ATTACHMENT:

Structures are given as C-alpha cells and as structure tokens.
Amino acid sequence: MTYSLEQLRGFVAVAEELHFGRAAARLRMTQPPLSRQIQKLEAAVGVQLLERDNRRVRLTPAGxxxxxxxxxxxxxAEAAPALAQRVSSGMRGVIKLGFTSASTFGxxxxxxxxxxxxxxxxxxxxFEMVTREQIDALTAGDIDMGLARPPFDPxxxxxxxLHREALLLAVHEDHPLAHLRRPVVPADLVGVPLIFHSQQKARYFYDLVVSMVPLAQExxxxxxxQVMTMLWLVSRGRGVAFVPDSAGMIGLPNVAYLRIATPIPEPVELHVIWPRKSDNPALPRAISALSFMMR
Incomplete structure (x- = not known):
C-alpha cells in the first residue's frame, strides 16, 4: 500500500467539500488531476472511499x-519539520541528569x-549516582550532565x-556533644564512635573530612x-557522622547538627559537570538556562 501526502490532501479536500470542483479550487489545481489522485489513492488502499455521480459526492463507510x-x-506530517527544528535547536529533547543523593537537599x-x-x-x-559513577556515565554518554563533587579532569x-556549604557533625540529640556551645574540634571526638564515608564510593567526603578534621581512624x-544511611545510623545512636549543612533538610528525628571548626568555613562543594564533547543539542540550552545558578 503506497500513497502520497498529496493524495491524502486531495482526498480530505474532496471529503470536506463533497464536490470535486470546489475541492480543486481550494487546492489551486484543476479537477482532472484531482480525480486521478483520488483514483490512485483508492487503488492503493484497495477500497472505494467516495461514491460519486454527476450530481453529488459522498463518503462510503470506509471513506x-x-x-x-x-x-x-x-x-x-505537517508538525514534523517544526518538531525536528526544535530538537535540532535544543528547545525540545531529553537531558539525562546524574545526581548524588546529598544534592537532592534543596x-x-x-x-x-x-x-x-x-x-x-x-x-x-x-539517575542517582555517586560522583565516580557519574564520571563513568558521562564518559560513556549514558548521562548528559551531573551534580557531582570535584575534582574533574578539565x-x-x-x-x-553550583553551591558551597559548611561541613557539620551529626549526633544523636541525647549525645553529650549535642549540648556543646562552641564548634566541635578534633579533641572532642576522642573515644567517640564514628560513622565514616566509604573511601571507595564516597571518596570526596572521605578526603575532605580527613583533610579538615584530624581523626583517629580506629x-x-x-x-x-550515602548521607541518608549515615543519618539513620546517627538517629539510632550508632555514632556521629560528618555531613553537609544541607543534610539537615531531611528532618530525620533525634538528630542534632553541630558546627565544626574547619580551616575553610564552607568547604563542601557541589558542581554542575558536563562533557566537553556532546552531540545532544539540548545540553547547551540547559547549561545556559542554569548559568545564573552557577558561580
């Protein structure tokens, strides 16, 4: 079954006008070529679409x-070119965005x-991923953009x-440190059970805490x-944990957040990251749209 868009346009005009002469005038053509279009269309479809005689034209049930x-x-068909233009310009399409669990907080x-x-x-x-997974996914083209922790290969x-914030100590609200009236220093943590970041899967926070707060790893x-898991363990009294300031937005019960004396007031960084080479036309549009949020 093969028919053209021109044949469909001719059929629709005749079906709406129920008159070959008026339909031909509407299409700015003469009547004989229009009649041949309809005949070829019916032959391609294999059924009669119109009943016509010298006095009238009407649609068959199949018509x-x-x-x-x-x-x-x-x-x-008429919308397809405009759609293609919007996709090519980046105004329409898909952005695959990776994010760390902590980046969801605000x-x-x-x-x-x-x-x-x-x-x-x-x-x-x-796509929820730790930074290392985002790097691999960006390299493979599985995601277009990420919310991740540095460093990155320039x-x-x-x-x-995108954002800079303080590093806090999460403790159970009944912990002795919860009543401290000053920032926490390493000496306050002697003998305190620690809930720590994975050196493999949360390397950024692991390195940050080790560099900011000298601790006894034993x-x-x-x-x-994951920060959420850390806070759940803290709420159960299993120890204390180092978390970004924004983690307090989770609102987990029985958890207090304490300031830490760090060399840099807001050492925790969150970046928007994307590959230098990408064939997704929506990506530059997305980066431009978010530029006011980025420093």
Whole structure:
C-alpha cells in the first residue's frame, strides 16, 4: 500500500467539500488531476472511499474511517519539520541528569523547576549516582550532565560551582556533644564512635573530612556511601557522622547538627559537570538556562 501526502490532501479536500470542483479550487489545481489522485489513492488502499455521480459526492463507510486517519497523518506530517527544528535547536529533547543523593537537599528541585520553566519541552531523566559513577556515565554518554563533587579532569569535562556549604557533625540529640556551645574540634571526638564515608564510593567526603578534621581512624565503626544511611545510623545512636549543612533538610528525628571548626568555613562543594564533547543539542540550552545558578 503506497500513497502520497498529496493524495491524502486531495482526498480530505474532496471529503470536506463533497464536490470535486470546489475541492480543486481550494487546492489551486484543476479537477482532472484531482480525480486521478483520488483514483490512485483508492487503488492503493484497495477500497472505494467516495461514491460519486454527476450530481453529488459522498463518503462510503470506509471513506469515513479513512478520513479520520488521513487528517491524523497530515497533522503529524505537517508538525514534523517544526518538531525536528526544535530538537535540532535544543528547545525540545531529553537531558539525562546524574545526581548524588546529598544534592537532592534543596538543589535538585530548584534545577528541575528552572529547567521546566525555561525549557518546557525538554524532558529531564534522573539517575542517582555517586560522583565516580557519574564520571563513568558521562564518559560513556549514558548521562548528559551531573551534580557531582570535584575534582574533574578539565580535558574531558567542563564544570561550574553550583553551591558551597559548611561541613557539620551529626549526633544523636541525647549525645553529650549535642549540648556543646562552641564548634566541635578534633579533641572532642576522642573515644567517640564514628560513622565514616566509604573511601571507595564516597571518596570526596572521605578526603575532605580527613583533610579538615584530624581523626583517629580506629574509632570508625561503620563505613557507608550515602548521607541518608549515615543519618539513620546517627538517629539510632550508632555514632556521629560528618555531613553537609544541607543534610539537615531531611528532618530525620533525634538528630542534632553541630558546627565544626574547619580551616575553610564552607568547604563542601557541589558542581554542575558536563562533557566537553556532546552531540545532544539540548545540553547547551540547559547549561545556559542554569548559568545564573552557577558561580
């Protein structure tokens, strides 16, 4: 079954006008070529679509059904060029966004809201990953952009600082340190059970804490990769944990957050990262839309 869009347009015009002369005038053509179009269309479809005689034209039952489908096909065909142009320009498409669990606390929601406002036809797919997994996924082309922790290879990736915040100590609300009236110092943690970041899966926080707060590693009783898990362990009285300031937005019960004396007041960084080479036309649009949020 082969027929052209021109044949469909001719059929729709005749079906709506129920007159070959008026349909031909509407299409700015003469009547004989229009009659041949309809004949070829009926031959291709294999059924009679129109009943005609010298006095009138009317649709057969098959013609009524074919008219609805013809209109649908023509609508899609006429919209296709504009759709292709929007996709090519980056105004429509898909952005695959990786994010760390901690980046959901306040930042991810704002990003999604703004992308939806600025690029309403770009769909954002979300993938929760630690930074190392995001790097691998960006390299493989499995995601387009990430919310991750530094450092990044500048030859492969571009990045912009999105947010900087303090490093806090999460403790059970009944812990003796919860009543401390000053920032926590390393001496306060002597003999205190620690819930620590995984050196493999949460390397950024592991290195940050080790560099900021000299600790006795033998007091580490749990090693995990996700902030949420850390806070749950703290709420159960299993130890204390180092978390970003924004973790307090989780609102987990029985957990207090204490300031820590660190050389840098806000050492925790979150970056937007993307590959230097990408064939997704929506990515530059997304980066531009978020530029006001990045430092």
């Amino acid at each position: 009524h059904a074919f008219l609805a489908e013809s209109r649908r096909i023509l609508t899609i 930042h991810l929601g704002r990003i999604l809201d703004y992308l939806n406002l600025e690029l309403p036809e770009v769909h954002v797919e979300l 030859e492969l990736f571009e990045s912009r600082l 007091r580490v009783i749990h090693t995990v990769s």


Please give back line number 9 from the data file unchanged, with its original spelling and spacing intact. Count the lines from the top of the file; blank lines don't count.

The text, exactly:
């Amino acid at each position: 009524h059904a074919f008219l609805a489908e013809s209109r649908r096909i023509l609508t899609i 930042h991810l929601g704002r990003i999604l809201d703004y992308l939806n406002l600025e690029l309403p036809e770009v769909h954002v797919e979300l 030859e492969l990736f571009e990045s912009r600082l 007091r580490v009783i749990h090693t995990v990769s």